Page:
THE GOVERNMENT will embark on a direct sale of the Czech coal-mining company Sokolovská uhelňa (SU) and may do the same for Severočeské doly (SD) after abruptly cancelling the controversial tender for their privatisation.
The tender, announced last summer and formally launched in October, was shut down in early March after officials said the three bids for SD and the one for SU were all well below market price.
The privatisation of the two companies has been dogged by criticism, particularly from mine unions, over the exclusion of dominant power provider CEZ from the bidding and by claims from opposition leaders that the government was manoeuvring to favour SD suitor, the Appian Group.
The Industry and Trade Ministry quickly announced plans to negotiate a sale of SU to sole bidder Sokolovská těžební, which was established by SU management in 2002 for the purpose of taking over the mine.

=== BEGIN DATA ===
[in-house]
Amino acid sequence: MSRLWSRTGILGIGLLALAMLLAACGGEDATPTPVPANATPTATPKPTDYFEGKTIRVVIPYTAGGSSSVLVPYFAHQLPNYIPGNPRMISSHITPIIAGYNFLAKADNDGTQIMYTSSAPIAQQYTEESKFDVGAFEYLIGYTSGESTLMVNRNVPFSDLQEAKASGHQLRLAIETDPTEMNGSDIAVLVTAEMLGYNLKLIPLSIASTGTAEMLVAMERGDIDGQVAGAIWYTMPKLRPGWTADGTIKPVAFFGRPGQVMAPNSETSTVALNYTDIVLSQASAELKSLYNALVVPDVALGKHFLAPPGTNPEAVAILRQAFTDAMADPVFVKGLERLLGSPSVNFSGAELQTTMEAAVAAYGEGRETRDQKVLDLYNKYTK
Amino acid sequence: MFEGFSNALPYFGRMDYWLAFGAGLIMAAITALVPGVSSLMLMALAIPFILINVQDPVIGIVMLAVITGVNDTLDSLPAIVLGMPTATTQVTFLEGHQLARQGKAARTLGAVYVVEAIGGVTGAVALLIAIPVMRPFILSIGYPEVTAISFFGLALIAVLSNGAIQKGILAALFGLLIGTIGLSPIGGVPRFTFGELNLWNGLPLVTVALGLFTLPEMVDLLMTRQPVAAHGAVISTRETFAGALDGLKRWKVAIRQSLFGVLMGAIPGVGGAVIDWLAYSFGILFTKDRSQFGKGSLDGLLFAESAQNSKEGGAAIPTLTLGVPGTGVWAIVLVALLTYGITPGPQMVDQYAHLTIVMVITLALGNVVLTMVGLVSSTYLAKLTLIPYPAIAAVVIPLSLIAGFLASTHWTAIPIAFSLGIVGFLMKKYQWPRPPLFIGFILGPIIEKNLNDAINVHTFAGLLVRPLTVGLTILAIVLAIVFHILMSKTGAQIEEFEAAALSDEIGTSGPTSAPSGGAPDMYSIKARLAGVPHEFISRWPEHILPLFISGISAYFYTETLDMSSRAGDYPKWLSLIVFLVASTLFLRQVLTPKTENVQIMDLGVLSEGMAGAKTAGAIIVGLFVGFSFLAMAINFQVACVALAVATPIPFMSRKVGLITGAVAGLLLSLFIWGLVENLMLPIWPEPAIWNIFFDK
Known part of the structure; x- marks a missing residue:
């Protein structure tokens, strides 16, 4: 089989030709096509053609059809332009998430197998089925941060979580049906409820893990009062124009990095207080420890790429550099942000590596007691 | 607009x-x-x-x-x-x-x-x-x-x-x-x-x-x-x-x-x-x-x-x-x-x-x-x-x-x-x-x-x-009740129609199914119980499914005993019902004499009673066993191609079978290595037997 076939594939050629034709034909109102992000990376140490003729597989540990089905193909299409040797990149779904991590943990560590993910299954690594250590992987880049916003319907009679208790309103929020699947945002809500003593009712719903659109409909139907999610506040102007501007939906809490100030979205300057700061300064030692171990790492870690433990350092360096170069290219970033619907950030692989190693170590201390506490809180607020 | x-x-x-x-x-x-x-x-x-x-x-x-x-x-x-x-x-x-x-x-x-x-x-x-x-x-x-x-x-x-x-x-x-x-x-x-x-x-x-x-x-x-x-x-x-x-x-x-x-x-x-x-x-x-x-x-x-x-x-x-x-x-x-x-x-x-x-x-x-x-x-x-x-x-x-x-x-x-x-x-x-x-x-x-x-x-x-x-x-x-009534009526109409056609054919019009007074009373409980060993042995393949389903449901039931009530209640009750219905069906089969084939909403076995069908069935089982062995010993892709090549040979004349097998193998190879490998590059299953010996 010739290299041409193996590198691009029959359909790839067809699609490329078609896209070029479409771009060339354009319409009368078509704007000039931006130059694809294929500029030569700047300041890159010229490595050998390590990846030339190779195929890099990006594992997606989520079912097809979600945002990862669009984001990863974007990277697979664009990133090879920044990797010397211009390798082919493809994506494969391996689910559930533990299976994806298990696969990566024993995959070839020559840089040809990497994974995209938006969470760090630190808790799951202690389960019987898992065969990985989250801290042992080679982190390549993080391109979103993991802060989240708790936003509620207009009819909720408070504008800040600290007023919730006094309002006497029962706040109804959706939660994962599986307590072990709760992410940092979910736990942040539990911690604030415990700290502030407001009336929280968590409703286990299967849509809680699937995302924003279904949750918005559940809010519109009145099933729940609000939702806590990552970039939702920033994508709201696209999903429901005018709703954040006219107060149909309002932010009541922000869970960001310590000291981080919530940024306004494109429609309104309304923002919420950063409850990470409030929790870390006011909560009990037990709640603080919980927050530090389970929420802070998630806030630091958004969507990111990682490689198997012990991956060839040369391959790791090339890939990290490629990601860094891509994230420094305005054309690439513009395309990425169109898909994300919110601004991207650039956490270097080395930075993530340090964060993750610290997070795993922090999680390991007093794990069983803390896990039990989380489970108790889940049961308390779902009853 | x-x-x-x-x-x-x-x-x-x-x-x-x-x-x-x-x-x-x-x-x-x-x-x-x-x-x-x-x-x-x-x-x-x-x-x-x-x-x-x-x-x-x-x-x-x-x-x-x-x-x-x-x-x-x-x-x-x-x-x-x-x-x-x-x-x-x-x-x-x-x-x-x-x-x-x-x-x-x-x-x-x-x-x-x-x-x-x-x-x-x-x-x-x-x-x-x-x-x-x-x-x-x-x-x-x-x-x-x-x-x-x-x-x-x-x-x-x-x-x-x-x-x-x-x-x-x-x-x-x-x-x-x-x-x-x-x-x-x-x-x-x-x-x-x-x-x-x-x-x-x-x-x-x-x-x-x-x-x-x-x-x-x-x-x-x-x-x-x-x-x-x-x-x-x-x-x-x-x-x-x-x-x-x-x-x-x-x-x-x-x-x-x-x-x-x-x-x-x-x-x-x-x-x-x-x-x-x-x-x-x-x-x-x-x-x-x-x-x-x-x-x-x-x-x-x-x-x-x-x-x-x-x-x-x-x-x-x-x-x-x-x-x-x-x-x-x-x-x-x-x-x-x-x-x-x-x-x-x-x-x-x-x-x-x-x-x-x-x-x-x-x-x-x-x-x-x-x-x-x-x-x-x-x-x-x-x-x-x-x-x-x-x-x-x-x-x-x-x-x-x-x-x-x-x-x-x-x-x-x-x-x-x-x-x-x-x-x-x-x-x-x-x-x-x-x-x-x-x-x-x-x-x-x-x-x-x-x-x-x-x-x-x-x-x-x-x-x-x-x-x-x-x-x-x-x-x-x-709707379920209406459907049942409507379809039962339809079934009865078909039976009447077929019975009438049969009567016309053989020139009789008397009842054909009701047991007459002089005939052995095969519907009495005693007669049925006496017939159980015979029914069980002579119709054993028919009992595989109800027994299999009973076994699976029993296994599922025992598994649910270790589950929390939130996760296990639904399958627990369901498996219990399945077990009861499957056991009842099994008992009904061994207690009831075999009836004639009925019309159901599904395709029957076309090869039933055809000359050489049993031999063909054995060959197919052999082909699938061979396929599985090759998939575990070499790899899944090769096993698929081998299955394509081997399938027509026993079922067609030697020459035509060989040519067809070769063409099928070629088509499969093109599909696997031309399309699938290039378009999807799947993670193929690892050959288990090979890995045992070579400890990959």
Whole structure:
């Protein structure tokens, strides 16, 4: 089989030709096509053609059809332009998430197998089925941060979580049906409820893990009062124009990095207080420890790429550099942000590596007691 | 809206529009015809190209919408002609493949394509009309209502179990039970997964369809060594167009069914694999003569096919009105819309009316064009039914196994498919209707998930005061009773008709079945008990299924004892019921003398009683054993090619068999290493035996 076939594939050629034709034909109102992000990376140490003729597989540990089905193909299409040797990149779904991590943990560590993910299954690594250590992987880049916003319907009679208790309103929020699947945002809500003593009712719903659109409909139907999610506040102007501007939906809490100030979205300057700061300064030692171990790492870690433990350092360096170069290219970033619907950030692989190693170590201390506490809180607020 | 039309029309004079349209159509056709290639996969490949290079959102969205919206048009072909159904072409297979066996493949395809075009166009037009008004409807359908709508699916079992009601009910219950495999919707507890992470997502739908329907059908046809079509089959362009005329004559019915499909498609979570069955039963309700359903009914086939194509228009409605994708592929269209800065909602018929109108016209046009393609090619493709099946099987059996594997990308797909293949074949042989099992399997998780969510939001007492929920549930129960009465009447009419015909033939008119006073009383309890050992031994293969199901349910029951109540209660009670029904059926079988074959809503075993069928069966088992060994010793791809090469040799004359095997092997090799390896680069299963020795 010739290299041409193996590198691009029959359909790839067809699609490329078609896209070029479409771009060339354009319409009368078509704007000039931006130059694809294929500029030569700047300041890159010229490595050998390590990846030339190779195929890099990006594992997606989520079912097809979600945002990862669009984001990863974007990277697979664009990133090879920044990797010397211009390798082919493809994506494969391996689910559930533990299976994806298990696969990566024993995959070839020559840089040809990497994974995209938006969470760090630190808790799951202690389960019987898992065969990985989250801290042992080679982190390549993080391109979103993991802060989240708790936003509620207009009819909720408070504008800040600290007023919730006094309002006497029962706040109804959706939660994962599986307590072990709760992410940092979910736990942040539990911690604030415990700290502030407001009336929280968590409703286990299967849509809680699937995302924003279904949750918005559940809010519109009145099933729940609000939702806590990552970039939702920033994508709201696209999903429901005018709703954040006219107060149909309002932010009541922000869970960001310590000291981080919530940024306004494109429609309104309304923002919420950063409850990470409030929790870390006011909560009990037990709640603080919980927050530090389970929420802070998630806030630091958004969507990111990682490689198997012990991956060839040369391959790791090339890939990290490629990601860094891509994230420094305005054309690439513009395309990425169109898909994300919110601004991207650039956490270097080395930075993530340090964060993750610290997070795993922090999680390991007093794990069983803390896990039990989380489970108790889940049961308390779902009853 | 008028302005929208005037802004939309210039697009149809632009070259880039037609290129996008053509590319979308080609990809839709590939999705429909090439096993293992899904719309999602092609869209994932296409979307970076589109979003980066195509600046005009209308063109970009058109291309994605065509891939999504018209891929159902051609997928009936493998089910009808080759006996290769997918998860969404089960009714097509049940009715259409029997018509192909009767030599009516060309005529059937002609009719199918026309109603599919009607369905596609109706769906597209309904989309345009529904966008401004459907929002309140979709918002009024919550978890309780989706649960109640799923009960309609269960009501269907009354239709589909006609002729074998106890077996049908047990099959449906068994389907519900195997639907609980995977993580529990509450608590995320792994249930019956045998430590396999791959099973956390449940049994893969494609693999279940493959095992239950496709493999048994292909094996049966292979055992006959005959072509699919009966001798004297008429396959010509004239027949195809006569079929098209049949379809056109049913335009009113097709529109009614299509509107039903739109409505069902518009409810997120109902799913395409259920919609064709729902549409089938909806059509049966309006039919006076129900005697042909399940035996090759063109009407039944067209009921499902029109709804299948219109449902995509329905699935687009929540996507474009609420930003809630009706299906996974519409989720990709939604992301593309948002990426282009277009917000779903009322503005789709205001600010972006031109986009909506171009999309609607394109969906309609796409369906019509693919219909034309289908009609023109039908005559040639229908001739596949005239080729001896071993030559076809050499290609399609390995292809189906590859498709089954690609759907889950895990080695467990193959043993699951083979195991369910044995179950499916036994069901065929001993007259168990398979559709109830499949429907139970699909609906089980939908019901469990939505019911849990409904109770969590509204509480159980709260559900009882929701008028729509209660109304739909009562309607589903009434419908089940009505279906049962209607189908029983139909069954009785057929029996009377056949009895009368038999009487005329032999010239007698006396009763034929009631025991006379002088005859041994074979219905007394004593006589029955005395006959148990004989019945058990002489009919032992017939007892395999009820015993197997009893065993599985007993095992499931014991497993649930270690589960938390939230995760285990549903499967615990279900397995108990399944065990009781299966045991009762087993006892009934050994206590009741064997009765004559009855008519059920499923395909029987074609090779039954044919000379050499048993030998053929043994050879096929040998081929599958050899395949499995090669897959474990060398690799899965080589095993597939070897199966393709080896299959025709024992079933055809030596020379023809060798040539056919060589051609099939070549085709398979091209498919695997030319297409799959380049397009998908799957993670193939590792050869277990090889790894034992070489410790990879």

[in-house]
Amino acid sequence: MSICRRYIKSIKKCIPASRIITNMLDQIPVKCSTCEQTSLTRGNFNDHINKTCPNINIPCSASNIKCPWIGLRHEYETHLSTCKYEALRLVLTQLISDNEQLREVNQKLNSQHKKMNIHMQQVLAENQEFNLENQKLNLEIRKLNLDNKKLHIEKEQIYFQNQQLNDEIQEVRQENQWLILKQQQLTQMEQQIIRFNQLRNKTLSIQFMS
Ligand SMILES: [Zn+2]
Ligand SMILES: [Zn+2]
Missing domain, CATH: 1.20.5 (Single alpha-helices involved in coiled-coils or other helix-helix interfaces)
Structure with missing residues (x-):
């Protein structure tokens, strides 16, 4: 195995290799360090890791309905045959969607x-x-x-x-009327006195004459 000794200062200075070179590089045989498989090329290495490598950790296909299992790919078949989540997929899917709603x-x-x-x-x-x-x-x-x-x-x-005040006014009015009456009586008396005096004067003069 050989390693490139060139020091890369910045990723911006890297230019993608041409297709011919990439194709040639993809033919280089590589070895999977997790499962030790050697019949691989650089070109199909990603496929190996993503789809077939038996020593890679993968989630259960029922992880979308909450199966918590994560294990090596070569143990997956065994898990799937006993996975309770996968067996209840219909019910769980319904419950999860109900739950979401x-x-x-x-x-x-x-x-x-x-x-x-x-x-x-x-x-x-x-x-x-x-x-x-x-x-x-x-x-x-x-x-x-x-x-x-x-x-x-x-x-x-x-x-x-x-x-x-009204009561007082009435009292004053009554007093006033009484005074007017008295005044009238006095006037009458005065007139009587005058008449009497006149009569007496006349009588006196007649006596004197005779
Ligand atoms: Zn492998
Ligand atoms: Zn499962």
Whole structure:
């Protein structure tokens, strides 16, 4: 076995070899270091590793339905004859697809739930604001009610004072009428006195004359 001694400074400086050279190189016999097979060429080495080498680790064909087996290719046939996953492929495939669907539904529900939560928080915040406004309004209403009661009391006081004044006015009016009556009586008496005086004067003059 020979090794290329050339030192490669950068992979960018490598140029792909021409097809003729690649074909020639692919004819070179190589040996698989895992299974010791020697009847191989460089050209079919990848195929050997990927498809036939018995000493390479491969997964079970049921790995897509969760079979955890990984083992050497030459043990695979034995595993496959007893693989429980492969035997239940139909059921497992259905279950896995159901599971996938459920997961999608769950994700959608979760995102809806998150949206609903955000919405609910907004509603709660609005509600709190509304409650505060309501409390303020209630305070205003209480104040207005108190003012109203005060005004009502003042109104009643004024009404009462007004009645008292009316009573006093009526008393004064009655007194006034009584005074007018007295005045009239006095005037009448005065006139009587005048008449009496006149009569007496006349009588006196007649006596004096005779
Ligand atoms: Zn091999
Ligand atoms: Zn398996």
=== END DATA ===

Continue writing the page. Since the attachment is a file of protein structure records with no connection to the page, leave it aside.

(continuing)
Sokolovská těžební had offered Kč2.1 billion (€66 million) for SU; experts' appraisals collected by the National Property Fund set the mine's worth between Kč2.5 billion (€76 million) and Kč5.5 billion (€166 million).
Industry experts said a direct sale was more likely than a new tender. One analyst, speaking on condition of anonymity, said such a decision would favour US-based Appian, which was competing with the Slovak firm Penta and Czech-Slovak financial group J&T.
According to estimates by Česká spořitelna and the National Property Fund, the government's 55 percent stake in SD is worth at least Kč7.5 billion (€227 million). The original bids all fell short of that mark, with Appian offering Kč4.8 billilion), Penta Kč5.4 billion (€163 million) and J&T Kč6.8 billion (€205 million).
In December the interministerial commission advising the cabinet on the sale recommended that the government commence talks with J&T. Penta and Appian both subsequently sweetened their offers, although the bidding had officially closed.
J&T spokesman Petr Malek said the firm is disappointed by the government decision but would consider participating in a new tender.
The regional miners' union hailed the cancellation and renewed its call for the government to sell SD to CEZ, the country's largest coal customer, which already owns 37 percent of SD.